Mary Nowell
Mary Nowell
Managing Director: Private Practice

Articles From the Team

Managing a counter offer during resignation

Managing a counter offer during resignation

There’s no doubt about it, it’s always flattering to receive a counter offer; there’s probably going to be a salary increase and let’s face it that’s always enticing. But why would an employer make a count offer? Sorry to disappoint there are commercial reasons at play!

Some of the implications of losing an employee are:
• Time and money - Replacing you can be an expensive process. There are sometimes inevitable recruitment fees and of course a significant time investment in finding the right person
• Skills – You know how all about the nuances of your law firm. Basic things like how your case system works to the particular requirements of the partner that you work for. Re-training can be time-consuming and ultimately costly
• Instability – You leaving can create instability within the remaining team. Is the grass greener on the other side? Well you thought so and as such others may question whether they could achieve more elsewhere.

Generally the above is not alluded to during a counter offer. Partners or HR officers will often appeal to your sense of loyalty and try and engage in more than a little flattery. You will immediately become “just too valuable to lose” or the promotion that seemed just so allusive in your last appraisal will be offered up without the blink of an eye. Remember that pay increase that you asked for (and didn’t receive)? Well you now found yourself with the promise of new riches. This may well appear very tempting, exciting even, but there is always a negative impact from a counter offer. Some implications may be;

• A change in relationship between you and your manager. I have spoken to people in the past who have cited a perceived lack of loyalty or a lack of trust from a manager post resignation.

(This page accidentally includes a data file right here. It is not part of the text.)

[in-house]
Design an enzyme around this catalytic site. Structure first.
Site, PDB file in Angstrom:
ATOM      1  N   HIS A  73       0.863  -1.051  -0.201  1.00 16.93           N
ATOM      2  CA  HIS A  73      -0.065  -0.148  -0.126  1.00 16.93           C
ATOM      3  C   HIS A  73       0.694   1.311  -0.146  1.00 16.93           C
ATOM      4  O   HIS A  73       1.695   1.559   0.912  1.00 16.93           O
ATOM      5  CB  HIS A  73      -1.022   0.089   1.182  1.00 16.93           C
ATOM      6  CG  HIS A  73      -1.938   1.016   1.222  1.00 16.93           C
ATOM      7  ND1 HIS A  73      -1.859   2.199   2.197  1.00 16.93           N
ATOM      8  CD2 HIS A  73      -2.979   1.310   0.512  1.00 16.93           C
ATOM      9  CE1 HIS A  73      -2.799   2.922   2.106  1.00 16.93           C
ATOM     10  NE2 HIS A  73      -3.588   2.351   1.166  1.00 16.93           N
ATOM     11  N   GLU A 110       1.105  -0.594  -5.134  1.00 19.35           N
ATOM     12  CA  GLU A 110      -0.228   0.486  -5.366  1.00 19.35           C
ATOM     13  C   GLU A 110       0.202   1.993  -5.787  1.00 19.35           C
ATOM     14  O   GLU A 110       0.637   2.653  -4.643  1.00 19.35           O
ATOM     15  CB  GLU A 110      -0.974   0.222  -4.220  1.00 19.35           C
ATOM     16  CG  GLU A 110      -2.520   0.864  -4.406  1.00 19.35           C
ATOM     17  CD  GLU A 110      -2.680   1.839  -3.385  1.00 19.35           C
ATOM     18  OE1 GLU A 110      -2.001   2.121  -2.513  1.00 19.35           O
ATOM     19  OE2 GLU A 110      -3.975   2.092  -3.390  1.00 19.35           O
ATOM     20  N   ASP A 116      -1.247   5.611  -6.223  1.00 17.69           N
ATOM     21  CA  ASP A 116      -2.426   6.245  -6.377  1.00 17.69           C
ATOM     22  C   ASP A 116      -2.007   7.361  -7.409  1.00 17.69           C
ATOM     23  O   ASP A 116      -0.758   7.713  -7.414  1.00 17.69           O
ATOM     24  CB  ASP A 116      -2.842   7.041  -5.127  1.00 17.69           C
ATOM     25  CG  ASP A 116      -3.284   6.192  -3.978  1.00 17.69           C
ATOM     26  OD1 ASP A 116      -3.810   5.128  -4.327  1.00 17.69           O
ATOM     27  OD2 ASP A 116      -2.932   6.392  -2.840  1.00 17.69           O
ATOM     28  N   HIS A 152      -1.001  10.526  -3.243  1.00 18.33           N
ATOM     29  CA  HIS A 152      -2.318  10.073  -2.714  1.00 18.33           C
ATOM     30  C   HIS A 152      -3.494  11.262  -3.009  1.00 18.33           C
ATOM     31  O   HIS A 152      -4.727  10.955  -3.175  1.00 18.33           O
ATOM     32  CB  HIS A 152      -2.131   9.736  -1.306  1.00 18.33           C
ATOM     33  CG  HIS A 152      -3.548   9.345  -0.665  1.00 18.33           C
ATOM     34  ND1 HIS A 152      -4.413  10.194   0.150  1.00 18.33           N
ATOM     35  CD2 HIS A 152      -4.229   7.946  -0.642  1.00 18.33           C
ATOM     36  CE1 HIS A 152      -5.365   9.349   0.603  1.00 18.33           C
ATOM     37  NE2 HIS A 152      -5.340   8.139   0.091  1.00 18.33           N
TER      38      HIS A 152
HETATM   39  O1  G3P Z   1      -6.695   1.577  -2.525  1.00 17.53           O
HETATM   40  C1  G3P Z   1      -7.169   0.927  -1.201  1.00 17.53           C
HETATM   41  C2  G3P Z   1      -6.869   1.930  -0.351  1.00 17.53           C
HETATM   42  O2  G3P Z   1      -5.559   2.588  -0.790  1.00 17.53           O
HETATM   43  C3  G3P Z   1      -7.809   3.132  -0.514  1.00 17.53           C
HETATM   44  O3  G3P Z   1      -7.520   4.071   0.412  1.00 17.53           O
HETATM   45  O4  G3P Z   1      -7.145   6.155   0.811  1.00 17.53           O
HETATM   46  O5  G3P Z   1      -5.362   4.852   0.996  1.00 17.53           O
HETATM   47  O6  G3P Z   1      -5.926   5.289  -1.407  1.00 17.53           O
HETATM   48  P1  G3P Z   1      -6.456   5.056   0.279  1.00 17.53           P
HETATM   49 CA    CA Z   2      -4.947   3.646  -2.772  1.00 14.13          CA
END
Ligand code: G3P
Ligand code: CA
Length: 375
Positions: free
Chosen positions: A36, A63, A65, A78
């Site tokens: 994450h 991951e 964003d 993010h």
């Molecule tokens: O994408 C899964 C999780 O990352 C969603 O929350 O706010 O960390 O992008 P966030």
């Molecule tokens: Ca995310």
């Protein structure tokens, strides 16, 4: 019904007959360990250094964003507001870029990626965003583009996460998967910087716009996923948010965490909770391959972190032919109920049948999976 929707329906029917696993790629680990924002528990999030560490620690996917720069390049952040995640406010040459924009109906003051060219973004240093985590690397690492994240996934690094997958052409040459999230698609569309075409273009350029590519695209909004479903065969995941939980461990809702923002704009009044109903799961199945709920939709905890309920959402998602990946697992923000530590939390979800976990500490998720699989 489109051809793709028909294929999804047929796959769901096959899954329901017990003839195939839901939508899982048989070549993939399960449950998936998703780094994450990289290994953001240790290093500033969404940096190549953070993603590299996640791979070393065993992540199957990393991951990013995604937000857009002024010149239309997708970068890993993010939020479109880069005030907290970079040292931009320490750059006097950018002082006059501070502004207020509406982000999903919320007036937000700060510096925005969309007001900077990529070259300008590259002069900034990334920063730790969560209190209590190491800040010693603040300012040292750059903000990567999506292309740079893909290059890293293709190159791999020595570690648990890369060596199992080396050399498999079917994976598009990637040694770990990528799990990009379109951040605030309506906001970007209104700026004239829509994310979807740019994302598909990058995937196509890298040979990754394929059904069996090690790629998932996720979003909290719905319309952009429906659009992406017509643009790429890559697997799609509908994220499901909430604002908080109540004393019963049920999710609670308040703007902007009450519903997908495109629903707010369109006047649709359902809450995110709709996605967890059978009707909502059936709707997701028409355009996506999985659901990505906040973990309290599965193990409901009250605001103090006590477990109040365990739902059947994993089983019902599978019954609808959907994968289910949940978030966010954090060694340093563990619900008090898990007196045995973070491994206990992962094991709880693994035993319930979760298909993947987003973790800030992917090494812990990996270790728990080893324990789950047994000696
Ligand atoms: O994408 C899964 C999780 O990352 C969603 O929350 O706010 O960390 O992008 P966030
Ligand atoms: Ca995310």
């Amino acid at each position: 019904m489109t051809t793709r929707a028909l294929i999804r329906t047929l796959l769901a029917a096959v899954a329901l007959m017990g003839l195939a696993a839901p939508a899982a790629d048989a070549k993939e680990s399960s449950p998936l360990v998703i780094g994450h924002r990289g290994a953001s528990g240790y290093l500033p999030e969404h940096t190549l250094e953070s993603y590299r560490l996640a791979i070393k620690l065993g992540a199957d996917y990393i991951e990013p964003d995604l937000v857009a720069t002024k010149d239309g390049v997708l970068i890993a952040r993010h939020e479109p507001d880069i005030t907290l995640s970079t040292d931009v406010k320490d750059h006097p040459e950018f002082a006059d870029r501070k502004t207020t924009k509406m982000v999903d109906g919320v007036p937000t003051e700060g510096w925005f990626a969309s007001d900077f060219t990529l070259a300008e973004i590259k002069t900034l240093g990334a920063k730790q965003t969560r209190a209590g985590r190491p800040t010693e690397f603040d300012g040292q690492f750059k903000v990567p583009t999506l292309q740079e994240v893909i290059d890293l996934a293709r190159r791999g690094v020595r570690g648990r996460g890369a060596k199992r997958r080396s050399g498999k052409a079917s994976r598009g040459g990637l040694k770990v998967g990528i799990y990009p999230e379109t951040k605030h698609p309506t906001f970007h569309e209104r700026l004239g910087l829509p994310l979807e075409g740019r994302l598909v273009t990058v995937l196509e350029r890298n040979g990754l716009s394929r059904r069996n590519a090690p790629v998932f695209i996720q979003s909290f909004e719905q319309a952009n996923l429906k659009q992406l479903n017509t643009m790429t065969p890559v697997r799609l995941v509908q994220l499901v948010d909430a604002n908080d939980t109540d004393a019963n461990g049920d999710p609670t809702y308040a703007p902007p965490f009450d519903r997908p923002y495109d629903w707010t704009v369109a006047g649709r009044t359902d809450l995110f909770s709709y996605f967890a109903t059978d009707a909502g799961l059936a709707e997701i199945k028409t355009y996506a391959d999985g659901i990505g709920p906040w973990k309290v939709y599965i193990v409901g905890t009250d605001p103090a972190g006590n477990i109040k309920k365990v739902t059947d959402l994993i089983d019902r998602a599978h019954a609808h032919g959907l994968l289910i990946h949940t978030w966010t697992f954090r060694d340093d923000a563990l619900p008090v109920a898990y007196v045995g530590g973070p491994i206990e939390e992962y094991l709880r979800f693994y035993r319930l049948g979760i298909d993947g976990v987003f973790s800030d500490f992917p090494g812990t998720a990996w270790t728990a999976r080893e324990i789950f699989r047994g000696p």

• The underlying issues remain. Once the glean of a pay rise wears off you can sometimes find the next promotion once again allusive and further pay rises out of reach. You soon find that impact of the pay rise lessens and you are left questioning you future prospects.
• From our experience a large proportion of those who have stayed with an employer post resignation leave that employment within a relatively short period and reinitiate their job search.

So what advice would I give you?

• Only ever accept a new position that you entirely committed to. If you are moving just for financial reasons speak to your current firm first!
• Remember the reasons you are looking for a new position when you resign. If you do receive a counter offer ensure that all of these concerns have genuinely been addressed. That pay increase may not address your concerns in the longer term.
• Don’t use resignation as a negotiation tool. You should always remember that a resignation could impact the relationship with your partner negatively and result in a perceived lack of loyalty.
• Consider your new employer. If you are having doubts then don’t leave it until a short period before your start date to decide to remain. Remember that a recruitment process is time consuming and your new firm will have planned for your arrival.
• Be very careful not to burn your bridges. Communicate with your current firm, new firm and if appropriate your recruitment consultant at all times.

My final advice would be to take every decision you make seriously, carefully and after a period of research and reflection. Moving roles is a huge decision, and in an ideal world one that you should have taken before you embark on a new job search.

For more advice on this topic or if you are looking for your next legal job speak to Mary Nowell on 0845 241 0933 or email

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